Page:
Comms related? Perhaps they supply 30 Amps to an HF radio.

Bob
AnswerID: 598479

Reply By: Member - Phil G (SA) - Monday, Apr 11, 2016 at 09:56

Monday, Apr 11, 2016 at 09:56
Those power pole plugs have been around for a long time - I used them with DC stuff about 25 years ago. They were versatile because they are single plugs, both sides are shielded, they interlock so you can make up a series of 1,2,3,4 or whatever, and when you interlock them, you create a screw hole so they can be surface mounted.

But they were a bit bulky and got replaced by many other connectors that could carry more current and were twin. The common grey anderson plug has become so widely available and incredibly cheap that it is what you see most people using for many RV applications, and I'd also give the power pole the chop and just use whatever suits your needs.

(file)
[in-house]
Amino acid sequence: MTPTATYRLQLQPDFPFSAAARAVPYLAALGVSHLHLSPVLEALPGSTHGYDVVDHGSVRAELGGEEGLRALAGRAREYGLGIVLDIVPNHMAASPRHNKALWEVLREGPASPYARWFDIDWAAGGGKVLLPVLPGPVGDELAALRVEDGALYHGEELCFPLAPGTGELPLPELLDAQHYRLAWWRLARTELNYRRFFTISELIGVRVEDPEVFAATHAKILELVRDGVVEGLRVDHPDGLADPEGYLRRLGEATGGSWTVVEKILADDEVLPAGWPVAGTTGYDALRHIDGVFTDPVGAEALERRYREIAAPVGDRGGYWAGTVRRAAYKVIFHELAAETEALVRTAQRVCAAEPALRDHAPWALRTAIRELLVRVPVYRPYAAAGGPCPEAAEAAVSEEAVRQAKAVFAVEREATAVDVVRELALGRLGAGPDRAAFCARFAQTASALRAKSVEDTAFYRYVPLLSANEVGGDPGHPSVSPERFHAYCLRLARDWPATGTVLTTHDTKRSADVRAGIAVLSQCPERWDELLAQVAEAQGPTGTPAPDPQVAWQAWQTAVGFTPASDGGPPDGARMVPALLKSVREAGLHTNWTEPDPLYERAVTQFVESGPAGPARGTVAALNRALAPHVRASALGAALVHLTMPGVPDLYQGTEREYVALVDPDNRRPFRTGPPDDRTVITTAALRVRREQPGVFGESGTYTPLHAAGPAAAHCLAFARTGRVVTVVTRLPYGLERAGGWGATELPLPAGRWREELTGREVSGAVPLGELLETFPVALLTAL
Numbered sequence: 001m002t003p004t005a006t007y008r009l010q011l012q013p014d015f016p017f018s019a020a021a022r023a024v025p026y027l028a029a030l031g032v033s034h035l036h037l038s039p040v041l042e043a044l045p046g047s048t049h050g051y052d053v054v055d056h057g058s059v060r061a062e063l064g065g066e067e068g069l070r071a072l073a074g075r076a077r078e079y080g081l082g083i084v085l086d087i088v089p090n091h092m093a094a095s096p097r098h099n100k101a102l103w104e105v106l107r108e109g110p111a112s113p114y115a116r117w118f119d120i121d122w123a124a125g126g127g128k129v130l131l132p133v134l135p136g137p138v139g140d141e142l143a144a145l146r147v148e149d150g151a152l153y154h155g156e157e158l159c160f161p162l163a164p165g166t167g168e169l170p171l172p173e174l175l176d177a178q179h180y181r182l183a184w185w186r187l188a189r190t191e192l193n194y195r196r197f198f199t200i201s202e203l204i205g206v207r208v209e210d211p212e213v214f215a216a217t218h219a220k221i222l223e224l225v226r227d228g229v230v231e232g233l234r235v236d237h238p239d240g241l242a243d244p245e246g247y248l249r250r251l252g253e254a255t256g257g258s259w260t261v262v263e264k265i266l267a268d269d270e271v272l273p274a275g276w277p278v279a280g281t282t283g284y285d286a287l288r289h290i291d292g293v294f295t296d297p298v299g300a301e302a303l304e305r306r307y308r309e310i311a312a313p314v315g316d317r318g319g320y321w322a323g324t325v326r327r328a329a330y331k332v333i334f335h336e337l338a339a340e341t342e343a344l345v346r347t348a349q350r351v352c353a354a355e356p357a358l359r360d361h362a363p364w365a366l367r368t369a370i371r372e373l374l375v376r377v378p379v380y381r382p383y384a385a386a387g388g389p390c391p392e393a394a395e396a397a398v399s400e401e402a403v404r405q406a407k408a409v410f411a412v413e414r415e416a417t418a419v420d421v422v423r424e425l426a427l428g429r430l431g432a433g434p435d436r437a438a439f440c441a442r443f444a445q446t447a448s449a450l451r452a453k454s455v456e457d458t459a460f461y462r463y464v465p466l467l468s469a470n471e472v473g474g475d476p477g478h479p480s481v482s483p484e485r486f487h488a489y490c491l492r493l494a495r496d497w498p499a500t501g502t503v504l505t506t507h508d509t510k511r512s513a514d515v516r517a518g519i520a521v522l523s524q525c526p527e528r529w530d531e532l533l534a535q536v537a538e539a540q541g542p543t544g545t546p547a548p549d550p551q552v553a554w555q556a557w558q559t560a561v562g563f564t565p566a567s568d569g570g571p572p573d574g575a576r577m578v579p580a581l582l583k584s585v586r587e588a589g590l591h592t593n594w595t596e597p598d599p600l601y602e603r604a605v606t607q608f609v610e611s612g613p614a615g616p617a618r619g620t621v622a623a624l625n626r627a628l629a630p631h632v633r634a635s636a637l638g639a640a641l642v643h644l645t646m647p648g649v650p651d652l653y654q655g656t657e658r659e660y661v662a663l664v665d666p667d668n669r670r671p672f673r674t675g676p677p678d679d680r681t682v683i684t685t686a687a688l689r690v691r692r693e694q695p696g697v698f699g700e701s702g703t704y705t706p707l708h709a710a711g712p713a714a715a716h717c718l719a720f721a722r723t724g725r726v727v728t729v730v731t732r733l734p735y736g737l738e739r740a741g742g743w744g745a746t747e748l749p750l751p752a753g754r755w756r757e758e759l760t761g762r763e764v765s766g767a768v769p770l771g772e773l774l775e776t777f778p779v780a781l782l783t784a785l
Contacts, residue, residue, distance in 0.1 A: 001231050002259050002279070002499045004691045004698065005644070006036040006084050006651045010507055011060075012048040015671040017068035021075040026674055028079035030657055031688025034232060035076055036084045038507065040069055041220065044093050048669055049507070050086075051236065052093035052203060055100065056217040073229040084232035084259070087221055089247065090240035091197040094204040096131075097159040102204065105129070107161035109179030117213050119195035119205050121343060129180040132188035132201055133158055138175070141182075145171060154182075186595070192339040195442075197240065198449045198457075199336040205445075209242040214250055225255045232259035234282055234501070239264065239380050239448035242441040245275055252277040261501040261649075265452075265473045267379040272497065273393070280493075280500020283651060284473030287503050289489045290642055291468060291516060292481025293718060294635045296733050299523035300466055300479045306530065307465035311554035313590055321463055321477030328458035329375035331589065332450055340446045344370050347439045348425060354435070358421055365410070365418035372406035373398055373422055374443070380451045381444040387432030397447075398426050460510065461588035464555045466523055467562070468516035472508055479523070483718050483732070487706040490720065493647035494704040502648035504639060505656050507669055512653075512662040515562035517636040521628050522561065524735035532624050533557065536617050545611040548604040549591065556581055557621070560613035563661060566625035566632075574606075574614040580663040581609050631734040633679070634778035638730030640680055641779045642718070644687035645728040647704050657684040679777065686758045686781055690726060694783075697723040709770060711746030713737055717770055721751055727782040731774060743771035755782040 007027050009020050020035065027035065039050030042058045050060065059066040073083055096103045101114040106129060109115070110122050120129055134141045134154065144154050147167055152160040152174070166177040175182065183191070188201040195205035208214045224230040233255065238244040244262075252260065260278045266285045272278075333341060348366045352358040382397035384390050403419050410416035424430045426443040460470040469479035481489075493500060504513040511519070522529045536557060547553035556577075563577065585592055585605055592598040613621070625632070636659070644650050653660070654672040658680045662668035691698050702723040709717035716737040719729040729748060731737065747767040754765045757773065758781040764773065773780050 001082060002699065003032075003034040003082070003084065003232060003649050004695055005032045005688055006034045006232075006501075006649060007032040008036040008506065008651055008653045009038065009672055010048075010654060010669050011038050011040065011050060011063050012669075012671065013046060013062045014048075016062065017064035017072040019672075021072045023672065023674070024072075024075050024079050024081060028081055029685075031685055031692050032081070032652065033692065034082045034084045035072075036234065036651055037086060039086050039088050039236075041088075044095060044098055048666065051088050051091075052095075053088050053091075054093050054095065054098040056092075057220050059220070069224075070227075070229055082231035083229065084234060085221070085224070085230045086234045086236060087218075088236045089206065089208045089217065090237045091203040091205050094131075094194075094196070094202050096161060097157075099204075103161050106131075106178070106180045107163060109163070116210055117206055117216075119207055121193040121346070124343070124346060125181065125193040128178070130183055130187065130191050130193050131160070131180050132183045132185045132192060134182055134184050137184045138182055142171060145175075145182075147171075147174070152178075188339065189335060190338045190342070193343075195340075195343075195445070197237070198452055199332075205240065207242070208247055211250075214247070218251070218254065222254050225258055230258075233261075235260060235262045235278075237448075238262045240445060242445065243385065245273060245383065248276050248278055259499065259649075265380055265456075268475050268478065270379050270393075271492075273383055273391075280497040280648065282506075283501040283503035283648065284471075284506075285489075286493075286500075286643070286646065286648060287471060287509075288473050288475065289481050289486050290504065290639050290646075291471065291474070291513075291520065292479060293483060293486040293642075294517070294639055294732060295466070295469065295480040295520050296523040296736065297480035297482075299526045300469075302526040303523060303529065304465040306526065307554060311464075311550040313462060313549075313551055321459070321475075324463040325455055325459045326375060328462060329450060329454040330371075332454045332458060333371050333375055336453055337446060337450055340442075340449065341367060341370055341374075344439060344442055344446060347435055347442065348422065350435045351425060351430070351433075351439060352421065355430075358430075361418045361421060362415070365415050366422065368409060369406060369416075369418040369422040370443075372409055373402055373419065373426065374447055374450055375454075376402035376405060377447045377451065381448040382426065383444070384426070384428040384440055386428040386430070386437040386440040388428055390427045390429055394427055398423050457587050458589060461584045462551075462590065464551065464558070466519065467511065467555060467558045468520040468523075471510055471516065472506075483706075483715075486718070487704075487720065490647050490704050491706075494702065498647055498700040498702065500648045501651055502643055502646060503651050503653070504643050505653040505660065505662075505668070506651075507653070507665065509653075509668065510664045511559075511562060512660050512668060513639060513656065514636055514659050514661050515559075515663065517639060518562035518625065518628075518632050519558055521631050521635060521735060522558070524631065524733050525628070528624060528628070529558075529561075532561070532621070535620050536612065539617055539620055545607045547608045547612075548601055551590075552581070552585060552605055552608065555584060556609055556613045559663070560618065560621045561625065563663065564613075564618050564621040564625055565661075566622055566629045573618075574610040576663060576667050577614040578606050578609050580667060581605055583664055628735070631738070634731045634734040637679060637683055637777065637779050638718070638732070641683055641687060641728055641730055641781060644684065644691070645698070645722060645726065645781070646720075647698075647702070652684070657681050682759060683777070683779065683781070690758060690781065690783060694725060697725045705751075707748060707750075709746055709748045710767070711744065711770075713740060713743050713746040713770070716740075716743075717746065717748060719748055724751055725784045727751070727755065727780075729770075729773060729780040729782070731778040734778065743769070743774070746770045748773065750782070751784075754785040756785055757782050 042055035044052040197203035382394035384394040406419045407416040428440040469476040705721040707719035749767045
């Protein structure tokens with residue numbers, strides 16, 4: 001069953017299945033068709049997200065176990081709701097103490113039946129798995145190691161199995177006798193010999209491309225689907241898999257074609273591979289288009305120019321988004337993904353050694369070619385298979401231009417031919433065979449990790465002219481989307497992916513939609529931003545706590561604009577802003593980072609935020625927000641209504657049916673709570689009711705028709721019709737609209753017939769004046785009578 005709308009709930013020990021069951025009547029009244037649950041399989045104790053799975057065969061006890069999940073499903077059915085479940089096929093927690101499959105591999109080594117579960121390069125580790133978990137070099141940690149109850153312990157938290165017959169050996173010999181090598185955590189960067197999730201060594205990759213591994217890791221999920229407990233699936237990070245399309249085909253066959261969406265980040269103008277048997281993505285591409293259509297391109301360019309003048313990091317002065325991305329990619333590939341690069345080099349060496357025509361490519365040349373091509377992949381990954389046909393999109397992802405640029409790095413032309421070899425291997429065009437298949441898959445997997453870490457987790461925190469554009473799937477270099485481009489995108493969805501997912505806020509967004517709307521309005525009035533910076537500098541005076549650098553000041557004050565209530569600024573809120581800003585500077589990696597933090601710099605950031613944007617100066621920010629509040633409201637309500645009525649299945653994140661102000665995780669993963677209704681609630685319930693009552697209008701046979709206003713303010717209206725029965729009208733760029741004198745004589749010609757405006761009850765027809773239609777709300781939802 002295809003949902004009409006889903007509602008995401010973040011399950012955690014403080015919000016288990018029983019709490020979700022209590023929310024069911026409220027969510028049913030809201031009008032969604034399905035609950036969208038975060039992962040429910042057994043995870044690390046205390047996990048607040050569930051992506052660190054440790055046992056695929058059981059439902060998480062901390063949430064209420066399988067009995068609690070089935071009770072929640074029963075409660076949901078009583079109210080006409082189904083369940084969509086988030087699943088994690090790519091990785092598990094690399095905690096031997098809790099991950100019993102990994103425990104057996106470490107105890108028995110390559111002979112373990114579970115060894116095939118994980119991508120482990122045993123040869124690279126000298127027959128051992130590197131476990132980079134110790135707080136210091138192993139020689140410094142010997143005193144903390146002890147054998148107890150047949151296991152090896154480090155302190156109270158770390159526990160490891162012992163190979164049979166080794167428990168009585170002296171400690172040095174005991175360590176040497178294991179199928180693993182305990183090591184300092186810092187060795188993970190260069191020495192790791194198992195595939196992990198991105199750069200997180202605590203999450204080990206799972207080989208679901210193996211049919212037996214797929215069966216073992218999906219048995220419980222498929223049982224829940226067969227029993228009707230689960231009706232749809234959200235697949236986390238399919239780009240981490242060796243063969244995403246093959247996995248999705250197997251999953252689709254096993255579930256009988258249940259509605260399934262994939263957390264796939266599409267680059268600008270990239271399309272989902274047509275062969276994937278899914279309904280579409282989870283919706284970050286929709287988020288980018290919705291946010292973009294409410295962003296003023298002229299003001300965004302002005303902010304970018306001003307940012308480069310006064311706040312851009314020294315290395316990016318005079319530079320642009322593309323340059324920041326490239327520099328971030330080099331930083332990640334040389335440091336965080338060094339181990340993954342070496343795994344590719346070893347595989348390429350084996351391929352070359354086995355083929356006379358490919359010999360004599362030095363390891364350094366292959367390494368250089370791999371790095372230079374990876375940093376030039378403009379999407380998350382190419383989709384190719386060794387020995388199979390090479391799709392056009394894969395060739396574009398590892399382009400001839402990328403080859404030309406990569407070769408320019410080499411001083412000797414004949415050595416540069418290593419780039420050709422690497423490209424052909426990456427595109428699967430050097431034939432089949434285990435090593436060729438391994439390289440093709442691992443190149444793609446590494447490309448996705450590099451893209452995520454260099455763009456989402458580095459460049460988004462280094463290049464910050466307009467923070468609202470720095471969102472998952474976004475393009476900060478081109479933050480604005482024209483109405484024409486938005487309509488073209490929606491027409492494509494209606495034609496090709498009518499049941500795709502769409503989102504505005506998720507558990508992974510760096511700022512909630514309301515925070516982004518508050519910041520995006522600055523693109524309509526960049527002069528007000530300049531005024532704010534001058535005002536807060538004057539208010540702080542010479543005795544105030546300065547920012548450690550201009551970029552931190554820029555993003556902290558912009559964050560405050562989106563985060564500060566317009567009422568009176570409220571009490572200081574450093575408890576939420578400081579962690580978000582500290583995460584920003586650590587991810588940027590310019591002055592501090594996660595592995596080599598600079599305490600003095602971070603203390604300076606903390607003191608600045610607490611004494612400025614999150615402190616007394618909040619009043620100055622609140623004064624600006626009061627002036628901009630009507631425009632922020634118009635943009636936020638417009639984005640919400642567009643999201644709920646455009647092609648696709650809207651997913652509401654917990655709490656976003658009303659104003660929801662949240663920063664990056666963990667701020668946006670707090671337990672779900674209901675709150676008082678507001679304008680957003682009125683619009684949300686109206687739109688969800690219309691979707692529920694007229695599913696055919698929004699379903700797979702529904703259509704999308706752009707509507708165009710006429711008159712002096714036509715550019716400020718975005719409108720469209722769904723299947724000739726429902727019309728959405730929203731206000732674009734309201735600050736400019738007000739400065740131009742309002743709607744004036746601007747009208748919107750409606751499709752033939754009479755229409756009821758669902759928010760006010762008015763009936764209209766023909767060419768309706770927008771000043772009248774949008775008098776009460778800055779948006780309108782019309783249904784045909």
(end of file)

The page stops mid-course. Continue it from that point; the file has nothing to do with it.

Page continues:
AnswerID: 598483

Reply By: Member - Boobook - Monday, Apr 11, 2016 at 16:46

Monday, Apr 11, 2016 at 16:46
There are lots of references to grey Anderson plugs on this forum.

I am not sure why but lots of people think they are 50A. maybe the 50 in the product number.

The Grey Anderson plugs are rated at 120A.
AnswerID: 598504

Follow Up By: TomH - Monday, Apr 11, 2016 at 17:28

Follow Up By: Member - Boobook - Monday, Apr 11, 2016 at 17:41

Monday, Apr 11, 2016 at 17:41
Anderson seem to think so.

Obviously copies are not rated the same as the originals.

SB50 Specs
0
FollowupID: 867682

Follow Up By: TomH - Monday, Apr 11, 2016 at 18:22

Monday, Apr 11, 2016 at 18:22
According to my second link they are genuine, 50amp and grey or red.

Available in Red or Grey.